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Los Angeles Bag Ban Opponents Plan Supreme Court Appeal After RulingLos Angeles Bag Ban Opponents Plan Supreme Court Appeal After Ruling

Allan Gerlat

March 1, 2013

1 Min Read
Los Angeles Bag Ban Opponents Plan Supreme Court Appeal After Ruling

Opponents of Los Angeles’ bag ban intend to appeal to the California Supreme Court after a state appeals court agreed with a lower court in upholding the Los Angeles county law.

The law, which took affect last year, prohibits retail stores from providing single-use plastic carryout bags and requires stores to charge customers 10 cents per each bag requested. Opponents argue that the 10-cent fee is a tax that was not approved by county voters.

The Second Appellate District court of California, however, ruled that it is not a tax under the state constitution because the charge is payable to and retained by the retail store and is not given to the county, according to court records.

Opponents of the bag ban are represented by the San Rafael, Calif-based law firm of Nielsen Merksamer Parrinello Gross & Leoni LLP. “We respectfully disagree with the court’s ruling,” said James Parrinello, lead counsel for the plaintiffs and senior litigation partner at the firm. “We continue to believe that the ten-cent bag ‘charge’ is a violation of Proposition 26, which mandates that ‘any levy, charge or exaction of any kind imposed by a local government’ must be approved by local voters. We intend to seek Supreme Court review.”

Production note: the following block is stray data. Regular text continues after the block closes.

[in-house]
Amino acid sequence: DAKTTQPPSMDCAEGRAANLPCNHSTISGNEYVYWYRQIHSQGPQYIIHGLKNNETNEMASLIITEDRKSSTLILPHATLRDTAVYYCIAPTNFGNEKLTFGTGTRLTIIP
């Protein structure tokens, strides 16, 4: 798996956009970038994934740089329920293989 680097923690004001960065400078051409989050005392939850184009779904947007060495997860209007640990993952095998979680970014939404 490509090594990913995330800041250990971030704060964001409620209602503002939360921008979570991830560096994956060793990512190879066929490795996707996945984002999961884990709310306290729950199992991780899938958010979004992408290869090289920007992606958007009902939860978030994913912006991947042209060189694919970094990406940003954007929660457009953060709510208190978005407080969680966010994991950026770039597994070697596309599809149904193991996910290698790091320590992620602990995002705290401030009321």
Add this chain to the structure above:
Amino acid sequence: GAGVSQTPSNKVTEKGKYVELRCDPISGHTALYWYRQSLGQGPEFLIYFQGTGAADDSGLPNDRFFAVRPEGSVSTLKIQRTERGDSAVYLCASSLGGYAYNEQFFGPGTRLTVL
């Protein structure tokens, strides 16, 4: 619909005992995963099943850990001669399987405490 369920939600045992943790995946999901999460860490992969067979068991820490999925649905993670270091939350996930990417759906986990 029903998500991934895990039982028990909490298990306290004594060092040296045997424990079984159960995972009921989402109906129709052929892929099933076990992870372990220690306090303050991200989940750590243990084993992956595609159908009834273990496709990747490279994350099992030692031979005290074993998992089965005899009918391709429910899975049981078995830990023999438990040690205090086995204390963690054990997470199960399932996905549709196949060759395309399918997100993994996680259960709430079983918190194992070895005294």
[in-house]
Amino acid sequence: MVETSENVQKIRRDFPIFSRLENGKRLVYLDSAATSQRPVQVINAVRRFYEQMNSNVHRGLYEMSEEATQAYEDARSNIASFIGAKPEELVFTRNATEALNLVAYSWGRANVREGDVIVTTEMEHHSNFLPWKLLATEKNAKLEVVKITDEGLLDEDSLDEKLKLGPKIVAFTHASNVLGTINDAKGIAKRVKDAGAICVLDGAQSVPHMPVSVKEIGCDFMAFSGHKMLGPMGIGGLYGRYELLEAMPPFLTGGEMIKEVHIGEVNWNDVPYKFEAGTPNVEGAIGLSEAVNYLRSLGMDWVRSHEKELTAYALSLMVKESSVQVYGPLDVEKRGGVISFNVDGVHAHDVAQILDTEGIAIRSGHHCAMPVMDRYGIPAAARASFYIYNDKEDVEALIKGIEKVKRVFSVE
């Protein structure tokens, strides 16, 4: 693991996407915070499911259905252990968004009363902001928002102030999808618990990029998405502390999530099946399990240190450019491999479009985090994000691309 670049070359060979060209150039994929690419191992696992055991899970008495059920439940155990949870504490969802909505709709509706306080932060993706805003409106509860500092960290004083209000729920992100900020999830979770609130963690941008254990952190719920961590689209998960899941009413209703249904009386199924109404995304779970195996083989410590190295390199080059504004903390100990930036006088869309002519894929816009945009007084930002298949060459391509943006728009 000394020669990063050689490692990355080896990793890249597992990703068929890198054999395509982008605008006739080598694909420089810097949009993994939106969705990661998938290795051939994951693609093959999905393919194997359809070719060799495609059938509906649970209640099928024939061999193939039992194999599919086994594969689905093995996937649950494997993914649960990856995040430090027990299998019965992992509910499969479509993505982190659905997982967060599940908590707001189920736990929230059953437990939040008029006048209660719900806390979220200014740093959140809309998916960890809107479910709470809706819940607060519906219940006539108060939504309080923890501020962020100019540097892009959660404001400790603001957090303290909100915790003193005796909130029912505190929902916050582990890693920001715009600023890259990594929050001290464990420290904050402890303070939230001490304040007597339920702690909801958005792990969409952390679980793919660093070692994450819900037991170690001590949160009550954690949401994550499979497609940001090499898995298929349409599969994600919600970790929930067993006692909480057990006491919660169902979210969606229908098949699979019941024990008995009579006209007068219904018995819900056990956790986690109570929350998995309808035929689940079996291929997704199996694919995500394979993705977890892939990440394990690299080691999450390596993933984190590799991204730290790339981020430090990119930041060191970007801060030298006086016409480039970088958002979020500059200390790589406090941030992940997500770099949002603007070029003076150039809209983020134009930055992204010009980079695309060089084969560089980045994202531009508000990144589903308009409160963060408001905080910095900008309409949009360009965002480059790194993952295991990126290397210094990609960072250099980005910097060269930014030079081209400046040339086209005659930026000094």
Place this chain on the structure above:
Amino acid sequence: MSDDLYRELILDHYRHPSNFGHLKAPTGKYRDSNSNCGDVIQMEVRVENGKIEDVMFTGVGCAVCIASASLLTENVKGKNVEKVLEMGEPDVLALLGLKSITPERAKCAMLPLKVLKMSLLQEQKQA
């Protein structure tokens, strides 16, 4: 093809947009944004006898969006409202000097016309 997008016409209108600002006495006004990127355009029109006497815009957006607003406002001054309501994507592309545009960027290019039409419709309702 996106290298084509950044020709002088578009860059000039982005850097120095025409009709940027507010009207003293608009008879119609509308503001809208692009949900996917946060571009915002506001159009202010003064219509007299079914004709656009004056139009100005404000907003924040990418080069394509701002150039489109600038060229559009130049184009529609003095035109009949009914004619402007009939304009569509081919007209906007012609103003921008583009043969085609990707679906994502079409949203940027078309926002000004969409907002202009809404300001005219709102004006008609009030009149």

About the Author(s)

Allan Gerlat

News Editor, Waste360

Allan Gerlat joined the Waste360 staff in September 2011 as news editor. He was the editor of Waste & Recycling News for the first 16 years of its history, and under his guidance the publication won 27 national and regional awards.

Before Waste & Recycling News, Allan worked at another Crain Communications publication, Rubber & Plastics News, which covers rubber product manufacturing. He began with the publication as associate editor and eventually became managing editor, a position he held for nine years.

Allan is a graduate of Ohio University, where he earned a BS in journalism. He is based in Sagamore Hills, in northeast Ohio.

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